Today’s nautical terms

I did start putting up nautical terms in everyday use, but they got lost somewhere in the Bay of Biscay, so I’m starting again. Here are two for today.

The bitter end: it sounds like it could be related to bitter irony or something like that. Apparently it comes from the anchor chain, or rope, which was attached to the anchor at one end and to bitts, or posts fastened to the deck. Once you had let out all the rope there was nowhere to go.

Taken aback. Which I was to discover that it was originally ships that were taken aback. ‘Aback’, which once meant ‘to the rear’. If the wind changed suddenly, the sails on a ship would be blown flat against the mast.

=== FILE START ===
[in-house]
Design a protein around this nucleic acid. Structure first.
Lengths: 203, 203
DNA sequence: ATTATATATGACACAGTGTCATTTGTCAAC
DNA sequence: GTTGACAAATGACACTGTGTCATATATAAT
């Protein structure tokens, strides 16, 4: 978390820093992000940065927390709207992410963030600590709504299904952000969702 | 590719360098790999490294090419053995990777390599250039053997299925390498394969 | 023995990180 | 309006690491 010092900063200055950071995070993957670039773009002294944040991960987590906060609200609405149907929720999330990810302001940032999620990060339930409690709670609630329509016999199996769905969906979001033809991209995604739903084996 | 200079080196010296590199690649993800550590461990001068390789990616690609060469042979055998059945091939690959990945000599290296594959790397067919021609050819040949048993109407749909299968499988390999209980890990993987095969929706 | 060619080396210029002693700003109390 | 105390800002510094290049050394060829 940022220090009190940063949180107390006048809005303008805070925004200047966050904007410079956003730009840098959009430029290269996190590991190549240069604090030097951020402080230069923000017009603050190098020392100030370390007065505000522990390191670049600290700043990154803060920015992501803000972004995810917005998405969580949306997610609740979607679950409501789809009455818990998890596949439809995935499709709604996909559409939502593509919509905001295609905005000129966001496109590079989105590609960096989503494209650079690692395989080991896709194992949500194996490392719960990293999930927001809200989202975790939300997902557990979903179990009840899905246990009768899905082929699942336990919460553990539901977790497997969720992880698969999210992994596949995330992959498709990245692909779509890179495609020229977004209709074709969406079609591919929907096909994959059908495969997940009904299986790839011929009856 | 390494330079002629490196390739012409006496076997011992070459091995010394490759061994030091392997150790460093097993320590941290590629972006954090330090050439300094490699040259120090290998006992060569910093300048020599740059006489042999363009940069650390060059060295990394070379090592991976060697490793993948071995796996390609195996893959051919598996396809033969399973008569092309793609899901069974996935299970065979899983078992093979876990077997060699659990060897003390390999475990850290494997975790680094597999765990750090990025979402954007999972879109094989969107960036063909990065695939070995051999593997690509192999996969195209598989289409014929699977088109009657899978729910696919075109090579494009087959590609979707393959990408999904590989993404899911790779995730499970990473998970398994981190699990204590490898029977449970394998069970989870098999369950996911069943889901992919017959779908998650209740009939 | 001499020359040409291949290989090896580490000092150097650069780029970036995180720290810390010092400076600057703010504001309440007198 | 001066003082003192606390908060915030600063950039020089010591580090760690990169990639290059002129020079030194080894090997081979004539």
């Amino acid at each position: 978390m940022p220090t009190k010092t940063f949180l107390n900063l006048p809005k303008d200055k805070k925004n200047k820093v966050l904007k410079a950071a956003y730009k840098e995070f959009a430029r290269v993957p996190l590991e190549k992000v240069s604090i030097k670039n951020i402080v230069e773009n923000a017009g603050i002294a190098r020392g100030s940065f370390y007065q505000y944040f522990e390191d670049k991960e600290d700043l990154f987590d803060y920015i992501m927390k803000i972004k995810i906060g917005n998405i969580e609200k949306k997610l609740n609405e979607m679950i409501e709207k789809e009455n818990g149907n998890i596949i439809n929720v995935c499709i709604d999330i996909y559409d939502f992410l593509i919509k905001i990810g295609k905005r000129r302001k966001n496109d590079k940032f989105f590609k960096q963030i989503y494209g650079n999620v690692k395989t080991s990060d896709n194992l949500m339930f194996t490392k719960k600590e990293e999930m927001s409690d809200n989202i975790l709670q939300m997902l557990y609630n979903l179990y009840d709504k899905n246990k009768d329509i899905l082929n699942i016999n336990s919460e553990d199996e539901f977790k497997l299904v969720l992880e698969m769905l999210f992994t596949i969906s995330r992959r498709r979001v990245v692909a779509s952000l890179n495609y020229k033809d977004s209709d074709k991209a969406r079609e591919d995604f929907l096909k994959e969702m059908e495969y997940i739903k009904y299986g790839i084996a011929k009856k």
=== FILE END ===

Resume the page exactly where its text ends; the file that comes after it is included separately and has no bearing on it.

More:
Leave a Reply

Fill in your details below or click an icon to log in: Logo

You are commenting using your account. Log Out /  Change )

Google photo

You are commenting using your Google account. Log Out /  Change )

Twitter picture

You are commenting using your Twitter account. Log Out /  Change )

Facebook photo

You are commenting using your Facebook account. Log Out /  Change )

Connecting to %s